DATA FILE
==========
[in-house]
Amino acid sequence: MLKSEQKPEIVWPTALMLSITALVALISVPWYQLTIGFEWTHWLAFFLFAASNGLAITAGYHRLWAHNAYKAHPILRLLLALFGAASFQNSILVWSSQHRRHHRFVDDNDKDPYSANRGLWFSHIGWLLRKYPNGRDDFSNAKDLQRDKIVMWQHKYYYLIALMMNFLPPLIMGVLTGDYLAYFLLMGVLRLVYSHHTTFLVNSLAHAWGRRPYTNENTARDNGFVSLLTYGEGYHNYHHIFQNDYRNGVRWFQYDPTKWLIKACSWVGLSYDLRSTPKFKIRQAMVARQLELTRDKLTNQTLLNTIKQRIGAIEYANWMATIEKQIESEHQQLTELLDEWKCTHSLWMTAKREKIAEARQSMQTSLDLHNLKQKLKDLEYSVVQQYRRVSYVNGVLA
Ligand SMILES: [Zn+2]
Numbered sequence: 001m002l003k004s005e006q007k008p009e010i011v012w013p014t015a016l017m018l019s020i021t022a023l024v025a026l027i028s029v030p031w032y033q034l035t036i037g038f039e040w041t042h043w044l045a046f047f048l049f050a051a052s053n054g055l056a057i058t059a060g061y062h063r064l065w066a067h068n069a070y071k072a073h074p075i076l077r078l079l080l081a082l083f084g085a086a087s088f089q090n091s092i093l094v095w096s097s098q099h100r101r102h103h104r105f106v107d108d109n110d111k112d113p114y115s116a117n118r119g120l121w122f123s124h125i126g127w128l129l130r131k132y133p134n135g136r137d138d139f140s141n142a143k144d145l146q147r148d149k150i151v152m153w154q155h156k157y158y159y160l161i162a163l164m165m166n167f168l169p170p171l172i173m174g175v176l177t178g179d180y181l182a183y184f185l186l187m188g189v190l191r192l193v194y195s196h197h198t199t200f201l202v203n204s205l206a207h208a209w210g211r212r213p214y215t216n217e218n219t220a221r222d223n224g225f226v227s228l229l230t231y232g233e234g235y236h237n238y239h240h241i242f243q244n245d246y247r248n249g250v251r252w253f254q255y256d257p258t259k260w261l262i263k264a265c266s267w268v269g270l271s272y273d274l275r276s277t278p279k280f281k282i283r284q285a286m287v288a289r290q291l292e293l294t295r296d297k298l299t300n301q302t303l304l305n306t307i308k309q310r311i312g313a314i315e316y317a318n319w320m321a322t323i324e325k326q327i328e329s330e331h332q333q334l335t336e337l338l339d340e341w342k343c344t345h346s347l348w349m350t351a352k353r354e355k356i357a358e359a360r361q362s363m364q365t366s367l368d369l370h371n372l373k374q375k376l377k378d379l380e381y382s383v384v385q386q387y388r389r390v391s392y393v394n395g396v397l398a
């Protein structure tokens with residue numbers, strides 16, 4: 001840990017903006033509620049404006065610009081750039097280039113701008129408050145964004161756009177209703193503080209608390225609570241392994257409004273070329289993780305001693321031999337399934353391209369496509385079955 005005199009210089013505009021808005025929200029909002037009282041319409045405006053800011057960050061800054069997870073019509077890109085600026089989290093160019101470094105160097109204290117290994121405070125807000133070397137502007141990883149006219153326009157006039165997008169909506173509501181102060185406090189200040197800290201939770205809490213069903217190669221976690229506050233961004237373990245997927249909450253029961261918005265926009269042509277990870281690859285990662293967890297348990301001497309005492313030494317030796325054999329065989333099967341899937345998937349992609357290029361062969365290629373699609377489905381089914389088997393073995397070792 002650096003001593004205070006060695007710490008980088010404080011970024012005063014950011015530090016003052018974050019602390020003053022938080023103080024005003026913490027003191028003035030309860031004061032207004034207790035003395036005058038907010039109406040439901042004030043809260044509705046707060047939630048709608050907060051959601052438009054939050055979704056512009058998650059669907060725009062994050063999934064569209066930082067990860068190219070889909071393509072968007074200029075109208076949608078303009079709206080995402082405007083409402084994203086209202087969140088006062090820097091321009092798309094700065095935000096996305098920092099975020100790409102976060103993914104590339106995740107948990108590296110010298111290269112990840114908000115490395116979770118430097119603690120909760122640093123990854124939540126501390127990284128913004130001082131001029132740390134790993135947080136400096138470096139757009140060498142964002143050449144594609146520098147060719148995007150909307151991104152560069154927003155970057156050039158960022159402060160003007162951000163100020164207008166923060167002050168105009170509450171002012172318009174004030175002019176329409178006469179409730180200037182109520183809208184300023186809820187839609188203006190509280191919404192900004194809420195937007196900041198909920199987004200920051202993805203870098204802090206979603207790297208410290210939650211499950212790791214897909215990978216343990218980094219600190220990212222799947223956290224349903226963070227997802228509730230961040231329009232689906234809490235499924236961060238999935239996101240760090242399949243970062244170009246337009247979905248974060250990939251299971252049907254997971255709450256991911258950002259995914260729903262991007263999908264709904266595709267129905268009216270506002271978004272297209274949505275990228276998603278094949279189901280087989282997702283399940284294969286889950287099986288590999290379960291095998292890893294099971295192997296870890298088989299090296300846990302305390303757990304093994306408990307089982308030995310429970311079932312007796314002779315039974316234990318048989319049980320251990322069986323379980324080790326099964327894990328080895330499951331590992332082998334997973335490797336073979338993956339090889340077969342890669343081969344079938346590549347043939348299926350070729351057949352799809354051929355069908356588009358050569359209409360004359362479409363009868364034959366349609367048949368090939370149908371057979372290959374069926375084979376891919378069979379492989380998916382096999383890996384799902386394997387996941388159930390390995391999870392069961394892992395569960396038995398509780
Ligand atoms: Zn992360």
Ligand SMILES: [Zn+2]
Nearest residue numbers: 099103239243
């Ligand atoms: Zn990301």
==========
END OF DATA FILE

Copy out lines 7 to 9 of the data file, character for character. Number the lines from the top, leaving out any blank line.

Ligand SMILES: [Zn+2]
Nearest residue numbers: 099103239243
């Ligand atoms: Zn990301």